Can you believe that the release of the first Mortal Kombat for home consoles took place in September 1993? That was also 28 years ago. The early 90s was an interesting era for video games as popular arcade games were being released on home consoles. Because popular systems such as Sega Genesis and Super Nintendo had emerged into the 16-bit arena, the hardware had become strong enough to adapt arcade games. No, the graphics and sound were not as good as the arcade yet but I believe that these home releases were beginning to signal the end of the arcades as we had known it throughout the 1980s. Mortal Kombat coming to home systems was a significant event in gaming history.
The moment Mortal Kombat arrived in arcades in 1992, gamers knew right away that it was a different type of beast from the other fighting games that came before it. The digitized-looking title had gained acclaim not only as an alternative to Street Fighter II (and its enhanced editions) but also gained notoriety due to the level of violence. Blood would splatter out of the characters when they were hit. You were able to perform a “fatality” to kill your opponent when you won two rounds. Hence, the “Mortal” in Mortal Kombat. The violence raised concern among some parents and even congressmen. Check out the major controversies surrounding the Mortal Kombat series HERE.
Even though I still played the game as a teen, I could see why many adults were not in favor of this game. I believe the more realistic graphics played a huge role in what made the content so disturbing. The violence and killing were more than enough to put a person off. But the characters looked so real (actors/actresses did motion capture for the game), especially in the arcade versions, that it felt like a line was being crossed. So when it was announced that Mortal Kombat was coming home, it raised the ire of many people.
As a result of growing concerns over the game’s content coming to home consoles, the vanilla games for both the SNES and Genesis contained no blood. Fatalities were still included but significantly toned down. The Genesis version did have a code that players could enter to restore the original gore. This was an unprecedented situation for the time. Today, we have all sorts of games that are ultra-violent and even overtly sexual. But in the early 90s, games like Mortal Kombat were breaking new ground in terms of how far the envelope could be pushed. It’s a fascinating case to study because Mortal Kombat is such a gaming staple today that many forget the controversy surrounding the game in its infancy.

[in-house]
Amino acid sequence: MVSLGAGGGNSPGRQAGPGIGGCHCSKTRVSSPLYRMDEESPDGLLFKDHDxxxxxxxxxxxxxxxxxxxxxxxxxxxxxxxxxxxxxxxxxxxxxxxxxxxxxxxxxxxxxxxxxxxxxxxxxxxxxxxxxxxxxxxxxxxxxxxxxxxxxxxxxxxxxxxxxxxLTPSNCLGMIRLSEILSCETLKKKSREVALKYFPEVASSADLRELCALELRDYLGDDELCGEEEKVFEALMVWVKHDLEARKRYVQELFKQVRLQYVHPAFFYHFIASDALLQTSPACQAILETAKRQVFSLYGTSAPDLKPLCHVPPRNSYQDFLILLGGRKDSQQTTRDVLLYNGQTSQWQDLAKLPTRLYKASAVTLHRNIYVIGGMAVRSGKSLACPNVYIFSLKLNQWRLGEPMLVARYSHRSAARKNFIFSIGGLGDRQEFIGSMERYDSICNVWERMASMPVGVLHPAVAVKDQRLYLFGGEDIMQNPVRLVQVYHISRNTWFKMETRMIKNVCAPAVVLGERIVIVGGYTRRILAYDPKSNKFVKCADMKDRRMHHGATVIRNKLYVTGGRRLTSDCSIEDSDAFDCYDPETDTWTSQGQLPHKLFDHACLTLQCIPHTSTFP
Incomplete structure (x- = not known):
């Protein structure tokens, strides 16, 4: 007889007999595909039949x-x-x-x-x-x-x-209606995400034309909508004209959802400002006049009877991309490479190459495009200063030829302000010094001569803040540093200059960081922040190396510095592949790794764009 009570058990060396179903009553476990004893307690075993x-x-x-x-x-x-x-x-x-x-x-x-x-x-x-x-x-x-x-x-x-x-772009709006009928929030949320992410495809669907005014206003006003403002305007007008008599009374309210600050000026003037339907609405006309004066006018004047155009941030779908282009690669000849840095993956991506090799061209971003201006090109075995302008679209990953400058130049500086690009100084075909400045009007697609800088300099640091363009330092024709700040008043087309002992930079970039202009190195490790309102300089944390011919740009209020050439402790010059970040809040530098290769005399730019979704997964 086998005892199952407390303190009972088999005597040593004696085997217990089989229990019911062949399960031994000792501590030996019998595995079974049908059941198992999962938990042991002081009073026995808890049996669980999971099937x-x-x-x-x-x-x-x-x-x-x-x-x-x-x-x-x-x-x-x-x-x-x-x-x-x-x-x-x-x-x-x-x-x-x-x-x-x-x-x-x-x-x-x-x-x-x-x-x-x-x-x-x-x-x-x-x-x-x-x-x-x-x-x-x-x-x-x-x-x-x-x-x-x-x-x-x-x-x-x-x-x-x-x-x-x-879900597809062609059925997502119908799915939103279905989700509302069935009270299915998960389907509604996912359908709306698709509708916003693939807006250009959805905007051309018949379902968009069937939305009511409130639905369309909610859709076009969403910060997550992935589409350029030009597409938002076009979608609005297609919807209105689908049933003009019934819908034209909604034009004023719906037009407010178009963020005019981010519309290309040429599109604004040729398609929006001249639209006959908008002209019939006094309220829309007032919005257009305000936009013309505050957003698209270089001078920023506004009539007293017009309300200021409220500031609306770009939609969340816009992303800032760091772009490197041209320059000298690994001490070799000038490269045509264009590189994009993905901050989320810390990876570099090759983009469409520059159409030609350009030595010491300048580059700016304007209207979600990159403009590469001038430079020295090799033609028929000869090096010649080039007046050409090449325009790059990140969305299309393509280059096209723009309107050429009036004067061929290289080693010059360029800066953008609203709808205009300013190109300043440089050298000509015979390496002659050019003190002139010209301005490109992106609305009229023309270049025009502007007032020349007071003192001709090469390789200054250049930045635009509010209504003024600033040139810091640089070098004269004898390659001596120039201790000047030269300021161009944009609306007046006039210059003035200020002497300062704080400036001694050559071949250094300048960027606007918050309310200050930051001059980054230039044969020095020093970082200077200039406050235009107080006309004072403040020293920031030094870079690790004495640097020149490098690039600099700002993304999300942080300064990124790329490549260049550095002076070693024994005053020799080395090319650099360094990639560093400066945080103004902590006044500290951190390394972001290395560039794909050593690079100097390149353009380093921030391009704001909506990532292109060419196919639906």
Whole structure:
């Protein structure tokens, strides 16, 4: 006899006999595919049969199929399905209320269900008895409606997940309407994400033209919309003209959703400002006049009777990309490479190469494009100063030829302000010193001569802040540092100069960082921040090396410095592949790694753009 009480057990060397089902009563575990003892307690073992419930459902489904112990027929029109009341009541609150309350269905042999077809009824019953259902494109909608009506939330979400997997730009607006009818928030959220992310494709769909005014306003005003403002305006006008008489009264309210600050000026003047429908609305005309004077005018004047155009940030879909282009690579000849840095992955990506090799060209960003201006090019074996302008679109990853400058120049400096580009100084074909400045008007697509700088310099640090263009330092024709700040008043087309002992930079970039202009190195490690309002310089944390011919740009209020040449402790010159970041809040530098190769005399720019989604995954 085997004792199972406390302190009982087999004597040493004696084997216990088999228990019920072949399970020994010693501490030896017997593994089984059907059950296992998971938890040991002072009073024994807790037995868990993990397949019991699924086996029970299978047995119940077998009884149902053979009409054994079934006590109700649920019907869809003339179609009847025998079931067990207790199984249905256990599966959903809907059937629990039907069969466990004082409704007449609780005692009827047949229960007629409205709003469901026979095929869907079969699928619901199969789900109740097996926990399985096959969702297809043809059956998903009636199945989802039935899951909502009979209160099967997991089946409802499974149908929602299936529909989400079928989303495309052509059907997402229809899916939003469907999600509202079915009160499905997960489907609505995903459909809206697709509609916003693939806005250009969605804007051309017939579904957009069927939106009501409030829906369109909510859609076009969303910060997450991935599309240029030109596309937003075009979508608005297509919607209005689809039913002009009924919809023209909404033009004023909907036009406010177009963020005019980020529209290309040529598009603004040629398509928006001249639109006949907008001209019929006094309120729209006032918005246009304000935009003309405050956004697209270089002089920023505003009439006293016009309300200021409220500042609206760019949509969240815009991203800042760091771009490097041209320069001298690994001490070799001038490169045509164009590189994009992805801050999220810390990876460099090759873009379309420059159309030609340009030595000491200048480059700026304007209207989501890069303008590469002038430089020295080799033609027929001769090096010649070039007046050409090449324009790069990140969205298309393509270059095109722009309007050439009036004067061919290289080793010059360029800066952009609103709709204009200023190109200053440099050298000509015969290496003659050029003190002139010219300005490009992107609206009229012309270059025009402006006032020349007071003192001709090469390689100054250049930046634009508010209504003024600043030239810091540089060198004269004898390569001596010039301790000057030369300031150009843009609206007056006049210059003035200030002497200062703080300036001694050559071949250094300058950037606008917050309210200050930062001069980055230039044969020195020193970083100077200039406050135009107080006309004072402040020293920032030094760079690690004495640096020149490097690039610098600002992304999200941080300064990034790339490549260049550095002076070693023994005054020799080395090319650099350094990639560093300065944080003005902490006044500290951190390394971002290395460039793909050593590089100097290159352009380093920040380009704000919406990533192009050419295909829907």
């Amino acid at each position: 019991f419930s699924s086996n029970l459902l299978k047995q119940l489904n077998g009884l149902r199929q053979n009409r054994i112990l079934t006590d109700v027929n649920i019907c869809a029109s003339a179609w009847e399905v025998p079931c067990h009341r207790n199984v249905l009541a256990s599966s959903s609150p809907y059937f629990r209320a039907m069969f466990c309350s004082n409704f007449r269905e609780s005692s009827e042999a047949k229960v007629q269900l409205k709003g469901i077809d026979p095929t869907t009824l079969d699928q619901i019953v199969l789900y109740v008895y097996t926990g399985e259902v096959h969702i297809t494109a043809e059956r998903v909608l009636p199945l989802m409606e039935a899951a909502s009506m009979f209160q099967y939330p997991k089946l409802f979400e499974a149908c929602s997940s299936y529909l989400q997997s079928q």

When Mortal Kombat II and III came to home consoles, the games included all the blood and gore of their arcade counterparts. By that point, the games were also rated “M” for Mature and game stores started requiring parents to be present if underage kids were going to purchase games with that rating. Despite the controversies surrounding the brand, Mortal Kombat’s popularity grew. I believe its success paved the way to ultra-violent games with realistic-looking graphics being more acceptable. No doubt about it, Mortal Kombat was a gamechanger for the types of games that people now played at home.
Mortal Kombat still continues to this day, just as bloody and gory as ever. Yet what I believe has helped the game avoid the controversy it once had is that the game doesn’t take itself as seriously as it once did. The standards of violence within gaming are also different in 2021 compared to the early 1990s. In the first game, I believe because of the digitized characters and the moves seeming so lifelike, it raised a lot of questions as to what is reality and what is fiction. While the game’s abundance of violence will be what stays imprinted on many people’s minds when it comes to Mortal Kombat (and rightfully so), the franchise’s fighting mechanics, characters, and story rank among the very best in the genre. By the way, how crazy is it that neither Midway or Acclaim exist anymore?